Bit of a long couple of weeks. Still feeling a bit stressed. My electricity packed up the other day, in the evening - hence ressurected my old metal kettle to make tea. Called out the electric guys, who drove down my road, saw lights were on in other houses so left again. Called them back. 'You have electricity,' I was told. 'I don't,' I replied, sitting in the dark.
They did something to the pole outside. It came back on, then went out again the next morning. Called them back. Having sent technicians to my place two times the night before, they then couldn't recall where I lived. Eventually found me and fixed my electric box, replacing it a foot higher than it was before, and out of human reach. Left wire cuttings on the porch. Had to call them back again to lower the box so that I could actually reach it, and tidy away the rubbish.
|Anyone got stilts?|
All sorted now. I have electricity and can reach the meter.
Then fell out with a tailor at Lamego Hotel. I went there a month ago to get mosquito nets for my bed. 'Sure, no problem,' they said. Quoted FRW 96,000, which is a lot of money, but I assumed they'd be good quality. Sent them the measurements. They insisted on sending their own tailor to check the measurements - thorough, I thought.
A few weeks later, I collect the nets and they don't come close to fitting. One was way too small, the other was slightly less small but the flap was crooked, leaving a massive gap for all the mosquitoes to get in.
They took the nets away again and since then the tailor has apparently been ill, they've been too busy, they hadn't been paid by someone else so couldn't order more material... every excuse. Haven't delivered new nets and haven't refunded the 60,000 deposit which I paid over a month ago. Really fed up with them but don't have any option but to wait it out. They promise they'll be done this week.
It's just tiring because it's the second expensive tailor I've been to this year who took a deposit and proved incapable of taking basic measurements. The first one even altered a pair of jeans that fitted fine, and returned them a size too small.
There's such a push towards Made in Rwanda and buying local, but absolutely no consumer protection when things go wrong, which they do quite often. Accurately measuring something is really the staple skill in tailoring. I've written to RDB in the past pointing out that, without a trading standards department working to protect consumers, there's not much reason for anyone to buy in Rwanda if they can buy online or on a trip to Dubai, America or Europe. Of course, without PayPal, most Rwandans can't buy online, so it's a captive market.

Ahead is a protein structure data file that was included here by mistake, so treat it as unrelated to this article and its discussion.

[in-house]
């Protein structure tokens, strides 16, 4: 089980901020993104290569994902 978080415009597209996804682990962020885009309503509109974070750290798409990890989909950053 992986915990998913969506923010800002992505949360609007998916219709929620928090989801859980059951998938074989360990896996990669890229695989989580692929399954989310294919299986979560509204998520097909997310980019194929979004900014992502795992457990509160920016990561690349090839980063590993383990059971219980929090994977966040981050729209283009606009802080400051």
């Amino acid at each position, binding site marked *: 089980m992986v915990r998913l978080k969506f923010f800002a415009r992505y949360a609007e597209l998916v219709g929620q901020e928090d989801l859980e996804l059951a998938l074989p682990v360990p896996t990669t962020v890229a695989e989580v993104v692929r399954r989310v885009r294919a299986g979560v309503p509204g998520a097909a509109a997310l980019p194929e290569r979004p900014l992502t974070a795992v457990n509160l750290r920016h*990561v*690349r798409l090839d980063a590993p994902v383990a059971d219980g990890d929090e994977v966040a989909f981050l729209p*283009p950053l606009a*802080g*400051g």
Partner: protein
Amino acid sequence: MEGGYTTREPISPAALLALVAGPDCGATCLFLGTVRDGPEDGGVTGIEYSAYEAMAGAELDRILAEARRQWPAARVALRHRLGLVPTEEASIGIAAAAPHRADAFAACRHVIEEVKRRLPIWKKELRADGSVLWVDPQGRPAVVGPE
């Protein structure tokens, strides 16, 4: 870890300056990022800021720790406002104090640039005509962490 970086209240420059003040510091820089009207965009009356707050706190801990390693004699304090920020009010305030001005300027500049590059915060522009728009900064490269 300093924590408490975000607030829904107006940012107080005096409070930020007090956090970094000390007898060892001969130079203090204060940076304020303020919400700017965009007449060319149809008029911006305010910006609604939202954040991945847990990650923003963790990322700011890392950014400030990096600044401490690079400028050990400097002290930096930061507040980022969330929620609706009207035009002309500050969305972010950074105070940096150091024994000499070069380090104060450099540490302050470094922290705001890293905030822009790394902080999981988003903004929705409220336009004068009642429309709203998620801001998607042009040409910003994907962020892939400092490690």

It's getting difficult. I haven't been out of the country in over a year and a half, and I'm running low on clothes. The government is bringing in a ban on the sale of second hand clothes, but there's no industry to replace it. There's a couple of clothes shops in Kigali Heights, but they sell Primark quality at Harrods prices. There's a big trade in Chinese imported dresses, which doesn't help if you don't wear dresses or conform to small sizing. The only other option is local tailors, but I've wasted so much money on stuff that doesn't fit or look good. Buying clothes is really hard.
I'm planning to go back to the UK next June or July, so will have a shopping spree then. Also hoping to go to India around Christmas, so maybe there'll be options in Mumbai. I've been buying a lot online, but it takes a long time for it to arrive and it's hard to tell sizing from a chart.
Thankfully, if I stick to writing and pianos, at least I won't have to dress up for work.
|Little spot of editing at the local café.|
Consoling myself with coffee and cake. Delicious red velvet cake from Slices in Kigali Heights. What the city lacks in clothing, it makes up for with food.
The incident where I bought £54 of cat food and they accidentally charged my card £540 actually turned out quite well. They couldn't revers the transaction to the UK so deposited it in my Rwandan account, which was useful. Usually it costs a small fortune to transfer money internationally, but that works out as a free transfer. Even if you do have to pay £1-2 a month just for a bank account, whereas I didn't pay anything for it to sit in my UK account. You even get charged for depositing money into your account here.
Taking deep breaths and looking forward to my cousin visiting next month.